- The Washington Times - Saturday, July 4, 2009

PETERSON AIR FORCE BASE, Colo. | Lt. Col. Luke Thompson sometimes skims his C-130 cargo plane just 150 feet above the ground, battling smoke, shifting winds and rugged terrain on his way to drop thousands of gallons of gooey pink fire retardant onto the front lines of a wildfire.

“It’s kind of like pushing an elephant around on ice,” he said.

The Air Force reservist at Peterson Air Force Base in Colorado Springs is one of about 100 Air Force Reserve and National Guard pilots nationwide certified to fly firefighting missions in C-130s.

As wildfire season begins in earnest, some of these firefighters will be taking to the skies with new equipment that will allow them to drop more fire retardant on the ground and get less of it on the plane.

They’re assigned to a Reserve unit at Peterson and to Guard units at Port Hueneme, Calif., Charlotte, N.C., and Cheyenne, Wyo.

For firefighting work, C-130s are equipped with the Modular Aerial Fire Fighting System, or MAFFS - a rectangular web of pressurized tanks and tubes on a metal frame that slides into the plane’s cargo bay. The system can rain about 3,000 gallons of fire retardant onto a fire line in a matter of seconds.

Up to eight MAFFS-equipped C-130s can be called up to assist a national fleet of 19 privately owned multiengine firefighting tankers, which work on contract with federal agencies. Last year, MAFFS planes made 488 firefighting drops, flying a total of nearly 680 hours.

The squat, bulky C-130s are well-suited to firefighting, said Lt. Col. Courtney Arnold, a reservist and commander of the C-130 squadron at Peterson. Their enormous wings give them plenty of lift, and their four turboprop engines can generate huge amounts of thrust very quickly.

“It’s ideal for low-to-the ground, slow-speed maneuvering,” Col. Arnold said.

Col. Thompson has piloted MAFFS missions since 1996 and estimates he has flown about 200. In the understated vocabulary that seems common among C-130 pilots, he called the work “fairly challenging.”

“There’s times when they’ve brought us in and you’re dropping right between the fire and a bunch of houses, and that makes you feel good,” he said.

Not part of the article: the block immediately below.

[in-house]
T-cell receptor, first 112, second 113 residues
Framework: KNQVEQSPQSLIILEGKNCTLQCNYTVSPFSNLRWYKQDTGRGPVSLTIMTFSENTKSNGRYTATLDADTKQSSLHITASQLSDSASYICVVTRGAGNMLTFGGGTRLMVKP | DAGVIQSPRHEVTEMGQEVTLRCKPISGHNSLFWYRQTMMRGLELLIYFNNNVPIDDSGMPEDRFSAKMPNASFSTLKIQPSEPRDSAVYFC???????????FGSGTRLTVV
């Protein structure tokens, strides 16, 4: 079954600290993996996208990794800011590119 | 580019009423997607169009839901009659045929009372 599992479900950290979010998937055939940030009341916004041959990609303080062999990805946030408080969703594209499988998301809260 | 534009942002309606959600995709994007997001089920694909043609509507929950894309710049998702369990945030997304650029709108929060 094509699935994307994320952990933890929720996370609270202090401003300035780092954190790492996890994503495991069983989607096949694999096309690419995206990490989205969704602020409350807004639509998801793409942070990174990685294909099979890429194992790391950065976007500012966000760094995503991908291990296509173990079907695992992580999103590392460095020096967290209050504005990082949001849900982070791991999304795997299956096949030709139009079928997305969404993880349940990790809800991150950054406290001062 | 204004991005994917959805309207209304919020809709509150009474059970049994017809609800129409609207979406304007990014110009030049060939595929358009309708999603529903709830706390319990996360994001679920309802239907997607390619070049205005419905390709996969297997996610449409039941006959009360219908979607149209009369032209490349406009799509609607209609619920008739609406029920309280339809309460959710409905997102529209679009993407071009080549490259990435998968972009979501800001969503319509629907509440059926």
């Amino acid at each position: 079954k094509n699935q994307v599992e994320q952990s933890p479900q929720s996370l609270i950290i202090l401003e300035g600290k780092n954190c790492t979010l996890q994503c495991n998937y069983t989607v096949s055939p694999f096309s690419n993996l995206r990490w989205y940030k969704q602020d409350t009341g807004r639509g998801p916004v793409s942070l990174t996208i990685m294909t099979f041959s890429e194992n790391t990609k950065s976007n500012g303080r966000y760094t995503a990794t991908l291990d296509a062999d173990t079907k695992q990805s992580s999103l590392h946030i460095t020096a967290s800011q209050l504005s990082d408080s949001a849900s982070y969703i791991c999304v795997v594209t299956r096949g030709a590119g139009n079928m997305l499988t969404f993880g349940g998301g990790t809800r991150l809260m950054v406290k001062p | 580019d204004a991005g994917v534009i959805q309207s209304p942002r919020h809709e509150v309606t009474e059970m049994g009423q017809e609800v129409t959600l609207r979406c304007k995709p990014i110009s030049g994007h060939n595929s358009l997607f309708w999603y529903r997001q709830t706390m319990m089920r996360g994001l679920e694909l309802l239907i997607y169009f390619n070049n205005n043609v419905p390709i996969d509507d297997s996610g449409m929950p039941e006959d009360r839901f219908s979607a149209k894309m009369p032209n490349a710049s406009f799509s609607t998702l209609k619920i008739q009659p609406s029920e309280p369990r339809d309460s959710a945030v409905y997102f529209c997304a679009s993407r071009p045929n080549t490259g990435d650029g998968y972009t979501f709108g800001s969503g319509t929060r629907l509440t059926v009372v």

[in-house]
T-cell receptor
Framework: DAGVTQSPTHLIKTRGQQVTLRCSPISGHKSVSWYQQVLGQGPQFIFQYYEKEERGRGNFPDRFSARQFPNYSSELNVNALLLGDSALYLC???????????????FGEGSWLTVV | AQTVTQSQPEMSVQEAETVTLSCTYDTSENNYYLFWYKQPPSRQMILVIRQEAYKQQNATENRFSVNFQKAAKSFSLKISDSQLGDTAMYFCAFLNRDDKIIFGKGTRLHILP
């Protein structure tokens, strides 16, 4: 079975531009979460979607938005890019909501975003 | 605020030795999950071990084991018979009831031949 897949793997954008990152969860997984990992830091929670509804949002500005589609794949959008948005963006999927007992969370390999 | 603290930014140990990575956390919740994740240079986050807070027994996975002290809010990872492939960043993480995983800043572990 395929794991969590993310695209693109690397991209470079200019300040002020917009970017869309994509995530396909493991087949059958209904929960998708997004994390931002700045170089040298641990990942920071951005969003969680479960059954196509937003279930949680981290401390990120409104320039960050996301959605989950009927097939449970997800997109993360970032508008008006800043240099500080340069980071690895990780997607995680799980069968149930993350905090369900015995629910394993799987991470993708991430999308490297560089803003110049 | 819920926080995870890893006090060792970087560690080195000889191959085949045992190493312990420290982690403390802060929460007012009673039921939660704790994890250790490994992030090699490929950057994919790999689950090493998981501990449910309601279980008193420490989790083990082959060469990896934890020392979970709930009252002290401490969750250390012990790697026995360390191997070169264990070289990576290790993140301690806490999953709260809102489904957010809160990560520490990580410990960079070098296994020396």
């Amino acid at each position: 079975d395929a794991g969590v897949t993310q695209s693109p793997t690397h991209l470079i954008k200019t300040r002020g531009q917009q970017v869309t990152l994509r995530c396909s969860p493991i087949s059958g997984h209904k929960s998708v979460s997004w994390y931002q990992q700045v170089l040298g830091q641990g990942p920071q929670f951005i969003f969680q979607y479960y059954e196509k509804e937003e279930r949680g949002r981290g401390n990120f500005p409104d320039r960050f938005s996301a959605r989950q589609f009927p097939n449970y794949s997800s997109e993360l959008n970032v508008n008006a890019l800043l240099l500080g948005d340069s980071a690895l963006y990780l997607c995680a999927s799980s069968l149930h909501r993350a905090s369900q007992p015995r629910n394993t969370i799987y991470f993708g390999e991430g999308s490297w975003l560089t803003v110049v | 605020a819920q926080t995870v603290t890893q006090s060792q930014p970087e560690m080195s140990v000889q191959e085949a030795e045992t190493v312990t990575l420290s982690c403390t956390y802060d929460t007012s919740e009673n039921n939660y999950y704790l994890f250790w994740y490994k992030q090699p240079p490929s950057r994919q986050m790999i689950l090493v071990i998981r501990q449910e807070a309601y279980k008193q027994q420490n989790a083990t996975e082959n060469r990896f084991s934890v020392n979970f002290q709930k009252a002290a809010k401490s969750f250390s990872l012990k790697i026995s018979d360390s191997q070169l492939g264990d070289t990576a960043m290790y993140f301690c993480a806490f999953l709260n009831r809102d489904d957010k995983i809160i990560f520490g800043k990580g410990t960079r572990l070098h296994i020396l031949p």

Pilots also must keep track of a small spotter plane they follow to the drop site, other firefighting planes in the air and radio communication with fire managers. Then there’s the smoke outside the window and the ground just below.

“I don’t know if ‘scary’ is the word,” Col. Thompson said. “There’s definitely times when the hair on the back of your neck is starting to stand up.”

MAFFS was developed by the military and the U.S. Forest Service in the 1970s after some large wildfires earlier in the decade, some of them on Department of Defense land. The system became operational in 1974.

This year, the Forest Service is rolling out the MAFFS II, designed to get more of the fire retardant onto the ground and less on the plane.

A demonstration during MAFFS training in Tucson, Ariz., in May showed why: A C-130 equipped with the original system lumbered in low over the Tucson airport, water gushing out of two nozzles at the open rear cargo door. Most of it cascaded to the ground, but some swirled up onto the plane’s tail.

MAFFS missions can add anywhere from two weeks to two months to a pilot’s duty time each year. Still, Col. Arnold said, there’s a waiting list of pilots and crew who want to fly them.

“You feel like you’re doing something real and helping someone out, as opposed to the routine training mission,” Col. Thompson said.

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